Ryan Crawford to be charged for committing five offences

Attorney Ryan Crawford

…to appear at Mahaicony Magistrate’s Court on Friday

The Guyana Police Force, acting of legal advice, has advised that Attorney-at-law Ryan Crawford is to be charged for committing five offences following his expletive-laden tirade last Thursday against a traffic rank.

The offences are prohibition of tinted glass, failure to produce driver’s licence,driving an unfit motor vehicle,use of obscene language and riotous behaviour.

Police said the attorney-at-Law will make his appearance at the Mahaicony Magistrate’s Court on Friday.

On September 13, 2018, Crawford was travelling along the East Coast of Demerara (ECD) Public Road, when he was stopped for a routine check of his driver’s documents by a rank on duty.

This did not sit well with the lawman as a video recorded by the traffic rank, soon surfaced on social media showing Crawford verbally abusing the officer while seated in his car.
In the some four minutes of his profanity-laced rant, Crawford repeatedly asked the policeman why he was stopped and made it clear that he was not going to comply when asked to produce his driver’s licence.

He was also asked to wind up his windows for a test of the tint level on his vehicle, but refused to do so unless he was given a legitimate reason by the rank as to why he was pulled over.

In his defiance, the lawyer stated: “you can go and tell each and every one of the commanders, the President and the Vice-President, you go and tell whoever you want…”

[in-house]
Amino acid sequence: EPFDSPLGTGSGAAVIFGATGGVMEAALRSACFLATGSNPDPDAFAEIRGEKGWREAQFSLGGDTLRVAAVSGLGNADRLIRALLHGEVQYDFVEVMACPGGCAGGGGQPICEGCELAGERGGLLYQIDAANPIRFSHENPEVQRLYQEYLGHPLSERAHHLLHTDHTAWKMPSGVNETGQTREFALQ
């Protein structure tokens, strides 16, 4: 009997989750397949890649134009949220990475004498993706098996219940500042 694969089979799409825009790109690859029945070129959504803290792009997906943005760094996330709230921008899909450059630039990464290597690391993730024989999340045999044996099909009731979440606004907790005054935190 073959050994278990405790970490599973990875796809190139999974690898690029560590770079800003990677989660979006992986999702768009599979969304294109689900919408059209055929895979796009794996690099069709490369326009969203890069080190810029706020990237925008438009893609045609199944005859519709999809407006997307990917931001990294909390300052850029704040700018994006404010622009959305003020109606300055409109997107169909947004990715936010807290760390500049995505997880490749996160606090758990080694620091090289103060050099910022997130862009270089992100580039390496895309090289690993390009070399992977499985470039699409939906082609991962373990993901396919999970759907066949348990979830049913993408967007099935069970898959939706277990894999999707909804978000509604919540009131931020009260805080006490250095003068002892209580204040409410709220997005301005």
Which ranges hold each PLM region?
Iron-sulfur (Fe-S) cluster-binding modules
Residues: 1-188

In a terse statement subsequent to Crawford’s tirade, the police indicated that Commander of “C” Division, Senior Superintendent Calvin Brutus has caused an investigation to commence in respect to the incident.

Then on Saturday, the Bar Council of the Bar Association of Guyana, though imploring its members to uphold the noble profession, fell short of publicly reprimanding its member.
“We trust that the said investigation will include the circumstances surrounding the recording, publication and sharing of the video,” the Bar Council stated, even as it outlined the legal grounds upon which a motorist can be stopped by a uniformed police officer.

Since Crawford’s behaviour became public knowledge, the uploaded video has been viewed thousands of times with hundreds of shares, including the surfacing of social media memes and spoof videos.

Scores of public citizens and the well-known in society have also taken to the platform and continue to share differing views on the matter, sparking some level of debate.